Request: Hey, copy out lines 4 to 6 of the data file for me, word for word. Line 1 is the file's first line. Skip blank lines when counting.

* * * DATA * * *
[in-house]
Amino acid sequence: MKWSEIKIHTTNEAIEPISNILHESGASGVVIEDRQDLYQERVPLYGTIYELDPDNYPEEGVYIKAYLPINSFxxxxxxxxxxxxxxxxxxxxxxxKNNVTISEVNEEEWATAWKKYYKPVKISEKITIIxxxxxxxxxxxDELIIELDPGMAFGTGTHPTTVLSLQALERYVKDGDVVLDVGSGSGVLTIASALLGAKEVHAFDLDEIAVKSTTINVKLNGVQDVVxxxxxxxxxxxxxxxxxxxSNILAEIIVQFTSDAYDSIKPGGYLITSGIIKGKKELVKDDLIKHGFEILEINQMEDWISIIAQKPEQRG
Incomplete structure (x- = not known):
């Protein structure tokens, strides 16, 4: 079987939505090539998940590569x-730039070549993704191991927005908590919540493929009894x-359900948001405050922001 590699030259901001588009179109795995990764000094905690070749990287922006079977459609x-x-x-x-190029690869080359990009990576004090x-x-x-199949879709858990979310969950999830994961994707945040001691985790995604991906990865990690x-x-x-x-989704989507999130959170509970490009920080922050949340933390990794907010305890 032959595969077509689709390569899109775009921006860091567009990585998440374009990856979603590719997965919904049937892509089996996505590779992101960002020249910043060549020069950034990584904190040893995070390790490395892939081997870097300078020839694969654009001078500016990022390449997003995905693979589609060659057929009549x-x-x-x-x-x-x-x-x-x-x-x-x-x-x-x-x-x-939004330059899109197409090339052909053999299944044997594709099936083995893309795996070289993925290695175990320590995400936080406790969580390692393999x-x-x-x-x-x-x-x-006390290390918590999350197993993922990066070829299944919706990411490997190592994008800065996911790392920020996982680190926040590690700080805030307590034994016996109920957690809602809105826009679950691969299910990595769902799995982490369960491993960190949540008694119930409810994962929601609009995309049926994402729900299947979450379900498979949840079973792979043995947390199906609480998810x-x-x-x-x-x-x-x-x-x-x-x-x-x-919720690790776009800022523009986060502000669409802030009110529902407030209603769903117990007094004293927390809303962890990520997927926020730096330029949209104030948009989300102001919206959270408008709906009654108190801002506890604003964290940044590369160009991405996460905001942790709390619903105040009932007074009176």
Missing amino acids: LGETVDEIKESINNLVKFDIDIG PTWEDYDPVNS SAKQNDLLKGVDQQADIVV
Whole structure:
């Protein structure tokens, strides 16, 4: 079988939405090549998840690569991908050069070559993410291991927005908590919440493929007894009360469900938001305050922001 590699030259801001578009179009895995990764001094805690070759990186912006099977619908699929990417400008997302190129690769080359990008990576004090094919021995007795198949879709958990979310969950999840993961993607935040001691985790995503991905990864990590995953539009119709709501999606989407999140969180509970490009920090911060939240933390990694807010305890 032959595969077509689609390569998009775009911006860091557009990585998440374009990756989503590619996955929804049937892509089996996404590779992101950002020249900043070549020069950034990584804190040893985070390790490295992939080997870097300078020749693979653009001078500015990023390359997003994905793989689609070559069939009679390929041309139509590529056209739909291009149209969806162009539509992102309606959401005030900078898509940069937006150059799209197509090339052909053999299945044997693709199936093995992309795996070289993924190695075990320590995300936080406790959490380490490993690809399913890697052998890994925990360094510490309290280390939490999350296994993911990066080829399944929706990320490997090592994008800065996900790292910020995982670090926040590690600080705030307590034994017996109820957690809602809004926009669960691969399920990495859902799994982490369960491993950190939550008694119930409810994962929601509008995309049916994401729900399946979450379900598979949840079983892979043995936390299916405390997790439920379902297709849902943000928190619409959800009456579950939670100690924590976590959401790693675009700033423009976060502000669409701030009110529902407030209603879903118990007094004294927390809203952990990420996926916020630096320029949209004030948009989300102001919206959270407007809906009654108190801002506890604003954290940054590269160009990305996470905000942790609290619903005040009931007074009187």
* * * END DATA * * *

């Protein structure tokens, strides 16, 4: 079987939505090539998940590569x-730039070549993704191991927005908590919540493929009894x-359900948001405050922001 590699030259901001588009179109795995990764000094905690070749990287922006079977459609x-x-x-x-190029690869080359990009990576004090x-x-x-199949879709858990979310969950999830994961994707945040001691985790995604991906990865990690x-x-x-x-989704989507999130959170509970490009920080922050949340933390990794907010305890 032959595969077509689709390569899109775009921006860091567009990585998440374009990856979603590719997965919904049937892509089996996505590779992101960002020249910043060549020069950034990584904190040893995070390790490395892939081997870097300078020839694969654009001078500016990022390449997003995905693979589609060659057929009549x-x-x-x-x-x-x-x-x-x-x-x-x-x-x-x-x-x-939004330059899109197409090339052909053999299944044997594709099936083995893309795996070289993925290695175990320590995400936080406790969580390692393999x-x-x-x-x-x-x-x-006390290390918590999350197993993922990066070829299944919706990411490997190592994008800065996911790392920020996982680190926040590690700080805030307590034994016996109920957690809602809105826009679950691969299910990595769902799995982490369960491993960190949540008694119930409810994962929601609009995309049926994402729900299947979450379900498979949840079973792979043995947390199906609480998810x-x-x-x-x-x-x-x-x-x-x-x-x-x-919720690790776009800022523009986060502000669409802030009110529902407030209603769903117990007094004293927390809303962890990520997927926020730096330029949209104030948009989300102001919206959270408008709906009654108190801002506890604003964290940044590369160009991405996460905001942790709390619903105040009932007074009176």
Missing amino acids: LGETVDEIKESINNLVKFDIDIG PTWEDYDPVNS SAKQNDLLKGVDQQADIVV
Whole structure: